You are rarely ready for miracles when they occur. And of all the hundreds of people held in the detention enclosure at Bruce Stadium, Santa was the only one expecting the unexpected and able to move fast enough to take advantage of it.
Firstly the lights flickered and then went off, plunging the stadium into darkness. Then confusion. Dozens of fireworks exploded around the perimeter of the building. Shapes in dark clothes appeared around the lower edges of the stadium and pressed up against the wire fences. The internees were all on their feet calling out. In fear. In alarm. Bumping into each other.
“This way,” said Santa and pulled the other two men over to the fence. Captain Cook could make out a dark-clothed figure cutting at the fence with a large pair of wire cutters. “Go, go, go,” a voice said, reaching in through the hole in the wire to grab him.
The three men were then running out of the stadium, following the dark-clad figure, while screams and shouts were filling the air all around them. Torches were now flashing everywhere as security guards were responding to the assault and were picking out the dark-clad figures, and running here and there to try and stop them and to prevent detainees escaping.
Then the lights suddenly came back on. Everyone stopped where they were, like it had been a giant party game, and covered their eyes. Everyone except Santa, Ned Kelly, Captain Cook and their guide. They kept running towards the bushland to the south.
They stopped at the tree line and turned to look back at the stadium. People were now running everywhere. Security guards were chasing down the dark-clad figures, and the few detainees who had escaped, rounding them up and forcing them back into the stadium.
“Damnation!” said their guide and pulled off her balaclava. She was young. Perhaps 17 or so, with short-cropped dark hair. “We should have gotten dozens out!”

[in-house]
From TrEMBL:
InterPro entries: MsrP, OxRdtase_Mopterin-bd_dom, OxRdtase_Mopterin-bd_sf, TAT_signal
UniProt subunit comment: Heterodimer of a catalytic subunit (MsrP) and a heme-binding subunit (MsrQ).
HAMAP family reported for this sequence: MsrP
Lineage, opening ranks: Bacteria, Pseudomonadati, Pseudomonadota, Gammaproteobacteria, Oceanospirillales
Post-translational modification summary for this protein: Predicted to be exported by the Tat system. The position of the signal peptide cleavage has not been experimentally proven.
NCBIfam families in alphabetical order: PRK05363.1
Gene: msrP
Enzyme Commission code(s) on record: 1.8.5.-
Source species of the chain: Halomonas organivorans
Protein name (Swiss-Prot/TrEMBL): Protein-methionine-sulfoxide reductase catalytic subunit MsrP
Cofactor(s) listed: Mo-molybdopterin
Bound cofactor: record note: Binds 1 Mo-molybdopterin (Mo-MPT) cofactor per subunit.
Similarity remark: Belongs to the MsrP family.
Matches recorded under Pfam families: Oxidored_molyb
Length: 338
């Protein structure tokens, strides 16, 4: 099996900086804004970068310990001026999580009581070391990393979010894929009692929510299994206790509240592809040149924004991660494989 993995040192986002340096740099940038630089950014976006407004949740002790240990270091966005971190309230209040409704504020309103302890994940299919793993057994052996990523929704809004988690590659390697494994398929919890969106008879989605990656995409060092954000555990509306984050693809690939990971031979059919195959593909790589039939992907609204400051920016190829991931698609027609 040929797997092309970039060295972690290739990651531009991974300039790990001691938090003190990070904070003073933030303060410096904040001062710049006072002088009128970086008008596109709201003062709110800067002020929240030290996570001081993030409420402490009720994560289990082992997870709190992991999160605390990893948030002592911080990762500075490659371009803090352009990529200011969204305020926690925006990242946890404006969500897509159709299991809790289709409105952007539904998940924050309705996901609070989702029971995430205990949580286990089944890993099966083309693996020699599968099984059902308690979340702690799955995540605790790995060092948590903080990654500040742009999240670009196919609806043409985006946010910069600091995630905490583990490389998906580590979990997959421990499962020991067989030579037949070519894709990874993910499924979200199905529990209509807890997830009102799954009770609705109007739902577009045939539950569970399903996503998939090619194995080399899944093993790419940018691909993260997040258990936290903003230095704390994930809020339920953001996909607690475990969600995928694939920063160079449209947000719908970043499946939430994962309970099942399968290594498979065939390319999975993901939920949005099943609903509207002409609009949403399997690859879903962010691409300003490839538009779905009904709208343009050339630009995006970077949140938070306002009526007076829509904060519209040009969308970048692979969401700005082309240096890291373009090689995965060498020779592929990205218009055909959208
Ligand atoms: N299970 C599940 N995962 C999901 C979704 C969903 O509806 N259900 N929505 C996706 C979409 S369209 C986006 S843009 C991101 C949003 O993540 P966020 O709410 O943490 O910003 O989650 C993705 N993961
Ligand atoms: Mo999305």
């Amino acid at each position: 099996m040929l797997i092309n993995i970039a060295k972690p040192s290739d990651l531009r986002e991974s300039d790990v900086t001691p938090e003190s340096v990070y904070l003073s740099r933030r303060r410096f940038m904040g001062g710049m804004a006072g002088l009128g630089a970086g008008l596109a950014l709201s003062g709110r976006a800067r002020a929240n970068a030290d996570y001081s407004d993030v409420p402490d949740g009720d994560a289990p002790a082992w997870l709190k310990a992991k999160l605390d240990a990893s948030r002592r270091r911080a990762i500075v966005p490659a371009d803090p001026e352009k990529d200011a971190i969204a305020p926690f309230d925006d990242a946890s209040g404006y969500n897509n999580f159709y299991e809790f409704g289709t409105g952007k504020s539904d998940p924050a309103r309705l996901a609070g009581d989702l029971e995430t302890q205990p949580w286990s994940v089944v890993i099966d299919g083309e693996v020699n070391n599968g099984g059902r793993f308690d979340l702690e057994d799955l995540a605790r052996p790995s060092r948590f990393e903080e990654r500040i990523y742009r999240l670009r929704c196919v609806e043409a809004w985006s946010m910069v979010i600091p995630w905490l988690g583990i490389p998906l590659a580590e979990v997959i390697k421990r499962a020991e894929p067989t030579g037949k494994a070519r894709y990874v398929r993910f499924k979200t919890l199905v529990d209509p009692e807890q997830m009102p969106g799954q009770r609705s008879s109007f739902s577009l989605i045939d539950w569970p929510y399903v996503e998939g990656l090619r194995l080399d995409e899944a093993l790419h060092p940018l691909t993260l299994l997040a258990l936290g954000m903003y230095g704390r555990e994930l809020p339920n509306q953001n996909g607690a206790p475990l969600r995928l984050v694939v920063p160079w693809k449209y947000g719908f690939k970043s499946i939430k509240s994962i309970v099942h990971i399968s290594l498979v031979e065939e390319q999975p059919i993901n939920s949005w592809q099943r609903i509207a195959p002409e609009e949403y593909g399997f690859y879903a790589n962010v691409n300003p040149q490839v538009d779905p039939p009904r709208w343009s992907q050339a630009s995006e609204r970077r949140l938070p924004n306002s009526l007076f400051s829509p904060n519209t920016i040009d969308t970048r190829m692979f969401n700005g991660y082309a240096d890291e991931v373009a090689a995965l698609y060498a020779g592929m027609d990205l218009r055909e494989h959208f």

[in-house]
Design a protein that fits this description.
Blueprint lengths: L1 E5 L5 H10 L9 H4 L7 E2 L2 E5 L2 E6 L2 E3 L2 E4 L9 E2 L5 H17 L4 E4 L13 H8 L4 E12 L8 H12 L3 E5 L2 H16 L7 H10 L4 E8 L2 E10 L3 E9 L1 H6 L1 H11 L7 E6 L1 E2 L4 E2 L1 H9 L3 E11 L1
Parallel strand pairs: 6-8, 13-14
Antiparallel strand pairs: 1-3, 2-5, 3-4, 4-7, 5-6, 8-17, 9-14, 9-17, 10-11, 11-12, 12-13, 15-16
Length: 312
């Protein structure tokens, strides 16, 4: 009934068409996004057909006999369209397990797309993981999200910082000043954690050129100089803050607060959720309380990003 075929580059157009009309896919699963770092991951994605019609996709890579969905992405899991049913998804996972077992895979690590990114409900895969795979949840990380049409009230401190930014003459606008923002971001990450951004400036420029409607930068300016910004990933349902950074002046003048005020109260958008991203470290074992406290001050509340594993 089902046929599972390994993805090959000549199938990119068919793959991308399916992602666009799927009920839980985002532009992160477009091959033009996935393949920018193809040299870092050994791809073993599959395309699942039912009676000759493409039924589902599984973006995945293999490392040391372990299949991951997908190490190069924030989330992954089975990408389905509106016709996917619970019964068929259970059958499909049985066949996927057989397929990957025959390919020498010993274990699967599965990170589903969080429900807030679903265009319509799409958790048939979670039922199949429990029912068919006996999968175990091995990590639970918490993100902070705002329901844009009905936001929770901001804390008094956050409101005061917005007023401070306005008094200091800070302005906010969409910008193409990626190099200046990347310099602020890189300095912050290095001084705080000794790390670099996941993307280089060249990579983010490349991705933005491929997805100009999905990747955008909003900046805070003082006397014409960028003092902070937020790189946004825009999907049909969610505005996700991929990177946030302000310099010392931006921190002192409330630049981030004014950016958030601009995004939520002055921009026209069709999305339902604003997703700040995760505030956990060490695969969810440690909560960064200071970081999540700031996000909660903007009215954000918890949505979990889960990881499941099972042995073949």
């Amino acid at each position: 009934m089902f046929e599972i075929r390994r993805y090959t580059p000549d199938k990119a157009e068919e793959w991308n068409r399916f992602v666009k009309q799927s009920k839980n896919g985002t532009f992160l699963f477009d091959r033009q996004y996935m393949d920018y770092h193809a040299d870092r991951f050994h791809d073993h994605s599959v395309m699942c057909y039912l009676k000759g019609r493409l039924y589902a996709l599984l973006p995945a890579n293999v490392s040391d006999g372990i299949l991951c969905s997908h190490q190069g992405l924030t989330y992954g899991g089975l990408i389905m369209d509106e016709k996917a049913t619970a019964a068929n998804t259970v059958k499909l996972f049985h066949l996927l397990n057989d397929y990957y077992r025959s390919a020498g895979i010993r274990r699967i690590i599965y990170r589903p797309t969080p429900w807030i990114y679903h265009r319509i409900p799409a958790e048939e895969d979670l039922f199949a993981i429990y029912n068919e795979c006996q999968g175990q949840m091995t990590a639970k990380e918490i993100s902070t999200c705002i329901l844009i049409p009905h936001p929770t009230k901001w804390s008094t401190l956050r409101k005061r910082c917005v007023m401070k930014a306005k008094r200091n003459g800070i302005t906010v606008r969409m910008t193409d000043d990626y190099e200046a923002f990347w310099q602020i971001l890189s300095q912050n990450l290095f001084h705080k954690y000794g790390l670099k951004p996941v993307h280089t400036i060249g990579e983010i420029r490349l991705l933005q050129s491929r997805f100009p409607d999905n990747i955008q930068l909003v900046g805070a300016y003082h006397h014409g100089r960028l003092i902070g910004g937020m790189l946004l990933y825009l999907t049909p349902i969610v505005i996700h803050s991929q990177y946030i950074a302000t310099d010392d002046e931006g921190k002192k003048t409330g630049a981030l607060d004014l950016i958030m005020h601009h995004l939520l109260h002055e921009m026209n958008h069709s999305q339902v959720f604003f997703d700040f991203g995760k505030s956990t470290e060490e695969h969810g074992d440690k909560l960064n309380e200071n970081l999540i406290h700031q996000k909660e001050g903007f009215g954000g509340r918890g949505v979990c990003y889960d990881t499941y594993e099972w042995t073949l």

“Who are you?” Captain Cook asked the young woman.
“Not important,” she said. “We have to keep moving. They’ll be doing perimeter scans soon to try and find anybody who got out. Let’s go.”
They walked in silence for about 20 minutes and then stopped to rest. Santa in particular was puffing heavily. By the faint moonlight, their guide took a good look at the detainees she had liberated for the first time. “Who the hell are you three?” she asked.
They introduced themselves in turn. She looked at them incredulously and then said, “That’s not quite what I expected. I thought you’d be refugees from New South Wales.”
“I don’t understand,” said Santa. “I mean, I try not to pay much attention to politics and things, just concentrating on who’s been naughty and who’s been nice, but what happened here, in Canberra? I remember it as sort of urban and boring.”
“I suppose you only get out once a year,” said the young woman, “and an awful lot has changed here in the past year.”
“Could you fill me in?” Santa asked. “I have the feeling I’m going to have to do some alterations to my naughty and nice lists.”
“Well,” she said. “Where to begin? I guess it all started with those mega-floods in Queensland and then the economic collapse in Sydney last January. They sent tens of thousands of refugees heading south. Before too long Victoria closed its borders and the ACT responded by erecting the Wall around the Territory. They just had to relocate all the tall fences they’d built around schools to ring the entire Territory. But we weren’t keeping chaos out – we discovered – we were fencing it in! You wouldn’t believe what happened next.”
Craig Cormick is an award-winning Canberra author who has published over twenty book of fiction, non-fiction and short-fiction. His awards include the ACT Book of the Year, a Queensland Premier’s Literary Award and a Victorian Community History Award. His most recent book Uncle Adolf won a 2015 ACT Publishing Award. For more information on Craig and his work check out his website at www.craigcormick.com
Part three will be published on the site tomorrow.